Type 1 Diabetes Cases Drop After Rotavirus Vaccine Introduced

MedicalResearch.com Interview with:

Dr Kirsten Perrett MBBS FRACP PhD Team Leader / Clinician-Scientist Fellow, Population Allergy, Murdoch Children's Research Institute Consultant Paediatrician, Department of Allergy and Immunology and General Medicine The Royal Children's Hospital Fellow, School of Population and Global Health, The University of Melbourne Murdoch Children's Research Institute Parkville, Victoria  Australia

Dr. Kirsten Perrett

Dr Kirsten Perrett MBBS FRACP PhD
Team Leader / Clinician-Scientist Fellow, Population Allergy, Murdoch Children’s Research Institute
Consultant Paediatrician, Department of Allergy and Immunology and General Medicine
The Royal Children’s Hospital
Fellow, School of Population and Global Health
The University of Melbourne
Parkville, Victoria  Australia

MedicalResearch.com: What is the background for this study?

Response: Before rotavirus vaccines were available, rotavirus infection was the most common cause of severe gastroenteritis in infants and young children. Because it is so contagious, infection in childhood is thought to be universal in unvaccinated children.

Previous studies indicated that rotavirus infection of infants might be an environmental promoter of type 1 diabetes. Therefore, we anticipated that the introduction of the rotavirus vaccine might alter the disease incidence in young children.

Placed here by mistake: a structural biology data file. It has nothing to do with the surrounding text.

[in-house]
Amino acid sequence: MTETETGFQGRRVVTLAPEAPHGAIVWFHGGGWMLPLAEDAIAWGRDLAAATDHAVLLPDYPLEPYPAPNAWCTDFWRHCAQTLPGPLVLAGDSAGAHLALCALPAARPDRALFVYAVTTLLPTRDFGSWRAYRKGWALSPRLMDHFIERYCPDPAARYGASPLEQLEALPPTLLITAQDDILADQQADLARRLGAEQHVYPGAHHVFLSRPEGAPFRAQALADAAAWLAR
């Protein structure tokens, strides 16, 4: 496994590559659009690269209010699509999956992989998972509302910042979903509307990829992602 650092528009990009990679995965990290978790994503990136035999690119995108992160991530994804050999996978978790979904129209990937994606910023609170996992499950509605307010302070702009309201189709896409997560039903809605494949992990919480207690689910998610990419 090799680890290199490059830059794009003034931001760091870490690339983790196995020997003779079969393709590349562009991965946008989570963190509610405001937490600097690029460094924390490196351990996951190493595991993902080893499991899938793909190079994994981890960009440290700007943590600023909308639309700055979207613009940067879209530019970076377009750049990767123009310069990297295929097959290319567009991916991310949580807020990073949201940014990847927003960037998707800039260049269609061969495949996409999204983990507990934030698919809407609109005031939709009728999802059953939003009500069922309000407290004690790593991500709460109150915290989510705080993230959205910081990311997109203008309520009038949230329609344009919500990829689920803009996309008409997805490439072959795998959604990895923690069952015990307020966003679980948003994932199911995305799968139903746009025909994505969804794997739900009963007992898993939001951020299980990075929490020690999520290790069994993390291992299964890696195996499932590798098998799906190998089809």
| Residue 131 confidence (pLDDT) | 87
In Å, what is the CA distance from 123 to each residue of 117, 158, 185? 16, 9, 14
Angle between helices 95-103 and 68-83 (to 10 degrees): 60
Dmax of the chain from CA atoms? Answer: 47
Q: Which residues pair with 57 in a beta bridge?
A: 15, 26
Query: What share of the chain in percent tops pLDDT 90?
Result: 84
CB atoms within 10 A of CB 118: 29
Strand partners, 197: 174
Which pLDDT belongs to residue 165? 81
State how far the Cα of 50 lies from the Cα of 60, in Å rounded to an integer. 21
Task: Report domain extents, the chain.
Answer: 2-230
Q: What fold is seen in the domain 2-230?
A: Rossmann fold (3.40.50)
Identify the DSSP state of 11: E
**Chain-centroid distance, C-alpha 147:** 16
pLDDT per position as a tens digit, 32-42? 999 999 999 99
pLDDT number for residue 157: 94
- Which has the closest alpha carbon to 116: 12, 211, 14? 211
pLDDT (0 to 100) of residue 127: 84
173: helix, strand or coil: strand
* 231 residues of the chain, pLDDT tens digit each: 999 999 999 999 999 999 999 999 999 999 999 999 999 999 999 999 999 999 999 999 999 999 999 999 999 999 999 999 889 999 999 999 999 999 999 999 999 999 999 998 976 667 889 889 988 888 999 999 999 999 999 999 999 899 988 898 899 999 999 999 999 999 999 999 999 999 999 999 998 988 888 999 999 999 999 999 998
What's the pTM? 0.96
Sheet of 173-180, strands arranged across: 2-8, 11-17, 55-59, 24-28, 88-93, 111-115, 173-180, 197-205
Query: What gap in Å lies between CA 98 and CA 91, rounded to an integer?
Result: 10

MedicalResearch.com: What are the main findings?

Response: We examined the incidence of type 1 diabetes in Australian children before and after the oral rotavirus vaccine was introduced onto the Australian National Immunisation Program in 2007. We found that the incidence of type 1 diabetes decreased in 0-4 year-olds following the introduction of the vaccine. This is consistent with the hypothesis that oral rotavirus vaccine may be protective against the development of type 1 diabetes in early childhood.

MedicalResearch.com: What should readers take away from your report?

Response: These findings are preliminary. At this stage, the take home message for parents is to ensure that their children are fully immunised. All infants <6 months of age are recommended to receive a course of oral rotavirus vaccine as per their local immunisation recommendations.

MedicalResearch.com: What recommendations do you have for future research as a result of this work?

Response: The current findings have prompted us to perform a case-control linkage study to further explore the association between rotavirus vaccination and type 1 diabetes incidence in Australian children. The case-control linkage study will or will not provide the strongest epidemiological evidence for an association between rotavirus vaccination and a decrease in the incidence of type 1 diabetes in Australia.

Disclosures:

Dr. Perrett is supported by a Melbourne Children’s Clinician-Scientist Fellowship. 

Citation:

Perrett KP, Jachno K, Nolan TM, Harrison LC. Association of Rotavirus Vaccination With the Incidence of Type 1 Diabetes in Children. JAMA Pediatr. Published online January 22, 2019. doi:10.1001/jamapediatrics.2018.4578 

Jan 22, 2019 @ 9:36 pm 

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